Legislation setting new regulations on Connecticut call centers clears first hurdle

By Stephen Singer, AP
Sunday, March 28, 2010

Conn. legislative committee OKs call center rules

HARTFORD, Conn. — Trying to halt telecommunications job losses in Connecticut, unions and their allies in the General Assembly have cleared a first hurdle for legislation setting new rules for how companies’ call centers are staffed.

The legislation overcame opposition from telephone companies that denounced it as an attempt to micromanage their business and state regulators who called it discriminatory.

Telephone company employees who call or are called by customers must, upon request, identify the city, state and country where they work, according to the legislation. If the employee is not in Connecticut, the customer can be transferred to a call center in the state “when possible,” or if a call center exists.

In addition, the state Department of Information Technology, when buying products or services, would be required to give preference to telecommunications companies that have a high percentage of service calls directed to in-state call centers.

The legislation also would require telecommunications companies to provide to the state each year the locations of centers receiving calls from customers in Connecticut.

The bill was approved Tuesday by the legislature’s Energy and Technology Committee on a party line vote, with majority Democrats voting in favor and Republicans in opposition.

“It’s pro-jobs,” said Sen. Gary LeBeau, an East Hartford Democrat and a sponsor of the bill. “I think that’s what people’s concerns are right now.”

Rep. Vickie Nardello, co-chairwoman of the committee, said she is concerned that large companies such as AT&T are moving jobs out of the state.

“What’s best for Connecticut’s economy? Jobs,” she said.

Bill Henderson, president of the Communications Workers of America Local 1298 in Connecticut, said union membership has dropped nearly 35 percent, from 6,533 in 2001 to 4,277 last year as AT&T has shifted jobs out of state.

“These are good jobs needed in Connecticut,” he said.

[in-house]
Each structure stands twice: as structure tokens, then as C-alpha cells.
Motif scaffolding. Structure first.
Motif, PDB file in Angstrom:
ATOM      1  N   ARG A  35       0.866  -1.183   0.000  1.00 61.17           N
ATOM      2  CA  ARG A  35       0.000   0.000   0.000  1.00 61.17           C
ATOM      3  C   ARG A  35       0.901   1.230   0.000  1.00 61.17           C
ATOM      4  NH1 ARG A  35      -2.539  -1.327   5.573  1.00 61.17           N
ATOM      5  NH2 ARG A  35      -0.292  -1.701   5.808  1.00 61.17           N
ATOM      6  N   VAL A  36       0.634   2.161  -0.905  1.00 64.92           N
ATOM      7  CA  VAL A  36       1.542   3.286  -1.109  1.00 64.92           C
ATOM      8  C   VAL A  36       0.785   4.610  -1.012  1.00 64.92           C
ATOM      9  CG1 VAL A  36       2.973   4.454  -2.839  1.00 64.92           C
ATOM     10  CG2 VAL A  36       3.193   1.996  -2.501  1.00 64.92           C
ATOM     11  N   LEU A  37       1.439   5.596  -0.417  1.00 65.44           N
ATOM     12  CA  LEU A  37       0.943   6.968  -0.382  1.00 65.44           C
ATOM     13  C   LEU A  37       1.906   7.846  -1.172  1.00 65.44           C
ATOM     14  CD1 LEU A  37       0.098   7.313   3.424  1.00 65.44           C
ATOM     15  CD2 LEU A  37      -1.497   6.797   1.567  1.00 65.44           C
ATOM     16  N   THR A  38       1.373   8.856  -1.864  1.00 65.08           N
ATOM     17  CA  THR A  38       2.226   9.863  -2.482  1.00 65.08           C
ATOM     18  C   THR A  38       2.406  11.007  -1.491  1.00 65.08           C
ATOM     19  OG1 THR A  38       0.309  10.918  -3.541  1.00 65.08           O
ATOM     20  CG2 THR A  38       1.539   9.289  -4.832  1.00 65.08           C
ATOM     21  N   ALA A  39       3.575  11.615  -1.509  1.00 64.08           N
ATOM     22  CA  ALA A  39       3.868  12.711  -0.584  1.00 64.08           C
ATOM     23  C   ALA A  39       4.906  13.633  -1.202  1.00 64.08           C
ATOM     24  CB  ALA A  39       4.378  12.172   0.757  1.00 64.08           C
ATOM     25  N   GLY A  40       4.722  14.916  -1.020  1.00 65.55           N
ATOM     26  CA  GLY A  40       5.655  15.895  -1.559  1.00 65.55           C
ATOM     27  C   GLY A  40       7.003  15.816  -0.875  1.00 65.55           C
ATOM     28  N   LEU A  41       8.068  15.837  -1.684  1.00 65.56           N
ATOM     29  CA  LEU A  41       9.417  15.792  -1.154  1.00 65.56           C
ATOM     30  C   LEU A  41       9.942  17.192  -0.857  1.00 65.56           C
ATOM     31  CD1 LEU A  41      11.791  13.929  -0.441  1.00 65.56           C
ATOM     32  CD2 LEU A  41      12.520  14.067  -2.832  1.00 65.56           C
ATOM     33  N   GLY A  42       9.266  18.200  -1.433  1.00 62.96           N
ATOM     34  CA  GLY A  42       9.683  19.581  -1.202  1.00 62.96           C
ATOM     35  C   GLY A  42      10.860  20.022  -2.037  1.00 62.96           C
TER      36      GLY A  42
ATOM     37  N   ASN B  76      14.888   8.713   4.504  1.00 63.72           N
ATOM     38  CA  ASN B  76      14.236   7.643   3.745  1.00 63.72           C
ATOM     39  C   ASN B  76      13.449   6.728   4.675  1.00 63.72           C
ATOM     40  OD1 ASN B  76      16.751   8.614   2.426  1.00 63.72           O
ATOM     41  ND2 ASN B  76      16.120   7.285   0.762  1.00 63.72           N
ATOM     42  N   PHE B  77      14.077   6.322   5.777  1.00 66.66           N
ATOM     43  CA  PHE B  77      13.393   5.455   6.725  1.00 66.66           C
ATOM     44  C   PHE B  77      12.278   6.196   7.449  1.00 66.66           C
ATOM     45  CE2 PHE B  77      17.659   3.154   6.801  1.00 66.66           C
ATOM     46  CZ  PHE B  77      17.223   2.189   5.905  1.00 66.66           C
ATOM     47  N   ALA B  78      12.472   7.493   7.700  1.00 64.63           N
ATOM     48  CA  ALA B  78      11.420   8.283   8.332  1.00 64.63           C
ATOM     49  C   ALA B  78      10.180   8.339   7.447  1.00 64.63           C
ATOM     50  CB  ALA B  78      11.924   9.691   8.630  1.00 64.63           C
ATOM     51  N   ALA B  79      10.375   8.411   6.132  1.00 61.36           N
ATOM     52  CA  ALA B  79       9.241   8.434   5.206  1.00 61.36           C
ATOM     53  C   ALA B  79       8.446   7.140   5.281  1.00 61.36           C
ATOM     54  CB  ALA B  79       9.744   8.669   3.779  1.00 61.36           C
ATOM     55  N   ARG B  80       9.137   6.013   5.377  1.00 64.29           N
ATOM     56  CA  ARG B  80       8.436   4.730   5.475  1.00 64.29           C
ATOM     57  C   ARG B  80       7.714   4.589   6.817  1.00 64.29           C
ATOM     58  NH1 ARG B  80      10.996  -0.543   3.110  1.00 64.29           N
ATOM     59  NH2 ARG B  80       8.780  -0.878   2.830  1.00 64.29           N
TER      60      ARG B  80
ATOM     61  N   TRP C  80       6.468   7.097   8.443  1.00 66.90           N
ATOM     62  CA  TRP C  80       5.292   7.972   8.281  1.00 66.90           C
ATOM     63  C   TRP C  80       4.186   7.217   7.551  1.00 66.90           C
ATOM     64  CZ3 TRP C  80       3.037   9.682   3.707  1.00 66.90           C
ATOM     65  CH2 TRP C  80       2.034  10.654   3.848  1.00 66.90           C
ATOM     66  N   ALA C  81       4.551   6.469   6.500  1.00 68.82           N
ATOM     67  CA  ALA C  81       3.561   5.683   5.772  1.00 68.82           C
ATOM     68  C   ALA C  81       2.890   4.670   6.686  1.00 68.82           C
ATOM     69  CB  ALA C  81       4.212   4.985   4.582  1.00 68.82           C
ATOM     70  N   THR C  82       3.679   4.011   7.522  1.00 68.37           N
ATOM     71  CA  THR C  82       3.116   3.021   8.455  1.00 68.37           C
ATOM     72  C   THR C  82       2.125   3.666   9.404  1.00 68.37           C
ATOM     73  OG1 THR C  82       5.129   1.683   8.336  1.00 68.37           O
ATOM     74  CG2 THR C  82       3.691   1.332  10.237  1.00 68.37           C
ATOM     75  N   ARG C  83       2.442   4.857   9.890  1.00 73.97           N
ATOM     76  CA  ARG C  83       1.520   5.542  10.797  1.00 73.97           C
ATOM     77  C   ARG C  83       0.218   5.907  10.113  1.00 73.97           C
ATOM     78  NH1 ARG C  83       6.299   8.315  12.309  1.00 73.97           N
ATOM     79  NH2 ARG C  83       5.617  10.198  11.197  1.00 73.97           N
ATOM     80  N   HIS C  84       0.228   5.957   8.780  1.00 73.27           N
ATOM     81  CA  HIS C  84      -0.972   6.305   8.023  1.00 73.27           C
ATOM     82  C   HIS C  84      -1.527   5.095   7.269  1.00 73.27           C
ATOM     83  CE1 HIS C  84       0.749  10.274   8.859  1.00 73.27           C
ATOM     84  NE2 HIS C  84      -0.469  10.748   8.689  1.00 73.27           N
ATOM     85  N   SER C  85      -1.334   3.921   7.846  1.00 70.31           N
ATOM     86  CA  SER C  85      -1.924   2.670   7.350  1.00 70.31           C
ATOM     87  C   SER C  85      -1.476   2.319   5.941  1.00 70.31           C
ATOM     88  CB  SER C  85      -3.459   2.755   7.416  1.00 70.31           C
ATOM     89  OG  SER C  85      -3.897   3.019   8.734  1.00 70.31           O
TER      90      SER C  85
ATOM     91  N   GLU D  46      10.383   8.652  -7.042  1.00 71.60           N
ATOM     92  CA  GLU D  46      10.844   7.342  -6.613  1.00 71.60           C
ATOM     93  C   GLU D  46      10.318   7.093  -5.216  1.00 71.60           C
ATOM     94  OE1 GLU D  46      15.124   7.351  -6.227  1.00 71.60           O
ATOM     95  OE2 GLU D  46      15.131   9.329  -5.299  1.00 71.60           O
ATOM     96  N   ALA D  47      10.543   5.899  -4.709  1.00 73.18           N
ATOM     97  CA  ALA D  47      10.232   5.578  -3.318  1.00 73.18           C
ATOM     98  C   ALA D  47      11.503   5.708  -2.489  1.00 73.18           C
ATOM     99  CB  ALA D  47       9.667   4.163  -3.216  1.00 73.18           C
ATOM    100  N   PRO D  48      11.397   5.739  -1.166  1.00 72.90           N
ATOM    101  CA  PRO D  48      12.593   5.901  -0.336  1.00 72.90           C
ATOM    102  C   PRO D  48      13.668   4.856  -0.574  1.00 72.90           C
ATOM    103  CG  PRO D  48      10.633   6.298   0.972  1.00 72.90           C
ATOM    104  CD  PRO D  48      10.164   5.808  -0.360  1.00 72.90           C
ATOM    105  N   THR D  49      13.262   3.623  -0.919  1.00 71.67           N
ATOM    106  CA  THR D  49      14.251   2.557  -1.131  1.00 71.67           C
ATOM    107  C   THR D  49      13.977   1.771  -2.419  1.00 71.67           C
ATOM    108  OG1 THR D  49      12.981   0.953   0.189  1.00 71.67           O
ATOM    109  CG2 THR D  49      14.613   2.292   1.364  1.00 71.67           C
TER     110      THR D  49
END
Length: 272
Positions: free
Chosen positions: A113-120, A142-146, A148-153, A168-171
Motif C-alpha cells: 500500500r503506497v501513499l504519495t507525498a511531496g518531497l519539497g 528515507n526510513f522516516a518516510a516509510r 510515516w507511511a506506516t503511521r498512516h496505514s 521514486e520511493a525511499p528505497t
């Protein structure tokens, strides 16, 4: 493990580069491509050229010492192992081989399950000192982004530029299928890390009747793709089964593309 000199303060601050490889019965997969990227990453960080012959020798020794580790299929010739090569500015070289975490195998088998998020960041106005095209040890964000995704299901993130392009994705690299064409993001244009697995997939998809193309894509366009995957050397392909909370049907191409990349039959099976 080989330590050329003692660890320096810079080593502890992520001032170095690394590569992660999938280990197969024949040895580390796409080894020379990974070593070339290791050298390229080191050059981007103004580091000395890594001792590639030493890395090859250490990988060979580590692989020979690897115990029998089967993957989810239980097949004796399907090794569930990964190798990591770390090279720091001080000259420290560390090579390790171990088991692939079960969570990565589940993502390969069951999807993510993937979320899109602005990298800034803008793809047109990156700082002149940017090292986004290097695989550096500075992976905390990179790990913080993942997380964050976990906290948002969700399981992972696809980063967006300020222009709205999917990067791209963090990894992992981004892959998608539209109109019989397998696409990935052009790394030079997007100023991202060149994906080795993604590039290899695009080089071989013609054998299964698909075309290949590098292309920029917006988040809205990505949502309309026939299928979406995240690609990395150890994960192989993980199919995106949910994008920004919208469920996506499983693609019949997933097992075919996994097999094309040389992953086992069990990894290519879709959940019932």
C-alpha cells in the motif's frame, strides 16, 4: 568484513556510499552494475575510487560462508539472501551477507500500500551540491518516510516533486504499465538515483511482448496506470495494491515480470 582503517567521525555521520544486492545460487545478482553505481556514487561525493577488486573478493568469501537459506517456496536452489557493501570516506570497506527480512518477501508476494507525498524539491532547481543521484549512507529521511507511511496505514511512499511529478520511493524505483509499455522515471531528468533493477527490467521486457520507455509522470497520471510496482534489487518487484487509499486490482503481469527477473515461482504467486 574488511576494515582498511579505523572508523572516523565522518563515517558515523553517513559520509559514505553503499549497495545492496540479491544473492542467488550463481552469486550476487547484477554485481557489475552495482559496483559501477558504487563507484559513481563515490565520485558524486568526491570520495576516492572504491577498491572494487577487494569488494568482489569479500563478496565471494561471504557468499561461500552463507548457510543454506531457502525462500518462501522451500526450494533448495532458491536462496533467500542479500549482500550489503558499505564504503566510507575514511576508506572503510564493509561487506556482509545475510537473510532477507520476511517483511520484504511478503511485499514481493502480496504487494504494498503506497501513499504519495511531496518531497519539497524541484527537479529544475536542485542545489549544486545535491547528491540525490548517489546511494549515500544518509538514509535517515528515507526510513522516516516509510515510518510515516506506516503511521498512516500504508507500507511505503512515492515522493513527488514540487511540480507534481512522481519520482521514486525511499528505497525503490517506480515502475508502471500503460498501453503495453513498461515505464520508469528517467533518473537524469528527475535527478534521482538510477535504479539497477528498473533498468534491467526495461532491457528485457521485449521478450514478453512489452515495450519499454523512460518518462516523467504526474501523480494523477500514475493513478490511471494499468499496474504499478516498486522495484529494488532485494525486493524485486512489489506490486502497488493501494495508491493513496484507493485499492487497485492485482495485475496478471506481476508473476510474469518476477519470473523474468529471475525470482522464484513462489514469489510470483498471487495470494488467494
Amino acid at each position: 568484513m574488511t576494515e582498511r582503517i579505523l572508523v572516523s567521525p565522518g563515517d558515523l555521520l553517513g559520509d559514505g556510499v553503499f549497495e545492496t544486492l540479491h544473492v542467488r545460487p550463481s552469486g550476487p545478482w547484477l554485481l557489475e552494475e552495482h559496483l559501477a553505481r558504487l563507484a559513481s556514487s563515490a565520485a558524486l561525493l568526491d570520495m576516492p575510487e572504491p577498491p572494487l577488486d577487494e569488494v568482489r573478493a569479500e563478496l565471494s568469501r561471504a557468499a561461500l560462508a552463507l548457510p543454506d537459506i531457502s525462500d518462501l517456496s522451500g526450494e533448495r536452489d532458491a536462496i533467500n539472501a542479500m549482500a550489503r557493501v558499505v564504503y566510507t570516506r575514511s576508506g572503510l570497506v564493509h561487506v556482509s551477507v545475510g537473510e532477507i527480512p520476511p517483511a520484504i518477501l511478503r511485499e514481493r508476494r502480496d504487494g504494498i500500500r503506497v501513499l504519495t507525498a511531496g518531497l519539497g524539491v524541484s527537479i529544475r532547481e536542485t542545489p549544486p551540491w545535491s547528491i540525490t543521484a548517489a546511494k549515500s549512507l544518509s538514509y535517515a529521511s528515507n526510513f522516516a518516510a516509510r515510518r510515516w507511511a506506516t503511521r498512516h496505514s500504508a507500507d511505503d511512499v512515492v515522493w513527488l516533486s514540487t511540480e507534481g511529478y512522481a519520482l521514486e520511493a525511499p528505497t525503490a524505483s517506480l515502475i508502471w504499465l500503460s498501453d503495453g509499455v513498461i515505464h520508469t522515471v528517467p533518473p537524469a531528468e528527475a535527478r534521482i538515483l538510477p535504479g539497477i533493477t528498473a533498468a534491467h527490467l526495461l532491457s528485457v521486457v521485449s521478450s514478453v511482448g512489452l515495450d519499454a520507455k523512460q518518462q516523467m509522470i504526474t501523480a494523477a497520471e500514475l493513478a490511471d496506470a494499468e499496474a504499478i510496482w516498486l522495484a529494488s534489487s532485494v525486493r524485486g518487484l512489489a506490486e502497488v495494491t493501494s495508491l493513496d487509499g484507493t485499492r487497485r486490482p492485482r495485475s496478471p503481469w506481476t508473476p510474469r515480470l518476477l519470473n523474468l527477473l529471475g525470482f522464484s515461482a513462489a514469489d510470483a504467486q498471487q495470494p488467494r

Chuck Coursey, a spokesman for AT&T, said the company provided nearly all the traditional local telephone service in Connecticut 15 years ago, but now only provides about half.

“As the wireline portion of AT&T’s business shrinks because of this competition and the dramatic increase in wireless communications, so naturally will its work force,” he said.

The company is adding workers to its growing businesses in video and wireless, Coursey said.

In testimony to the committee earlier this month, AT&T said labor is among the highest costs to operate customer service call centers and is higher in Connecticut than elsewhere in the United States, placing the state at a competitive disadvantage in locating call centers, AT&T said.

AT&T said it has call center work for some of its Connecticut customers in other states, but also has hundreds of jobs in Connecticut that serve AT&T customers across the country.

The state would likely be a “net loser were Connecticut employees only allowed to service Connecticut customers and likewise in other states,” the company said.

Backers of the legislation also say customer service provided from out of state would improve if available locally.

“I do think there are delays,” Nardello said. “I do think there are safety issues.”

However, Verizon Communications Inc. rejected the argument that call center services at a particular site “somehow provide a greater level of responsiveness and sensitivity to customer concerns and questions.”

Most services handled by call centers are done electronically and the site of the call center “has no bearing on the timeliness and responsiveness of addressing customer concerns,” Verizon said in testimony to the committee.

It also criticized the legislation as an attempt to “micromanage reasonable and efficient business decision-making.”

The state Department of Public Utility Control, which regulates utilities, said the legislation would not extend to companies that offer local phone service over the Internet and is therefore discriminatory.

LeBeau said the legislation might have to be sent to another committee because the provision that the state give preference to companies must be reviewed.

“I don’t know exactly how preference would be defined,” he said. “That will have to be worked out.”

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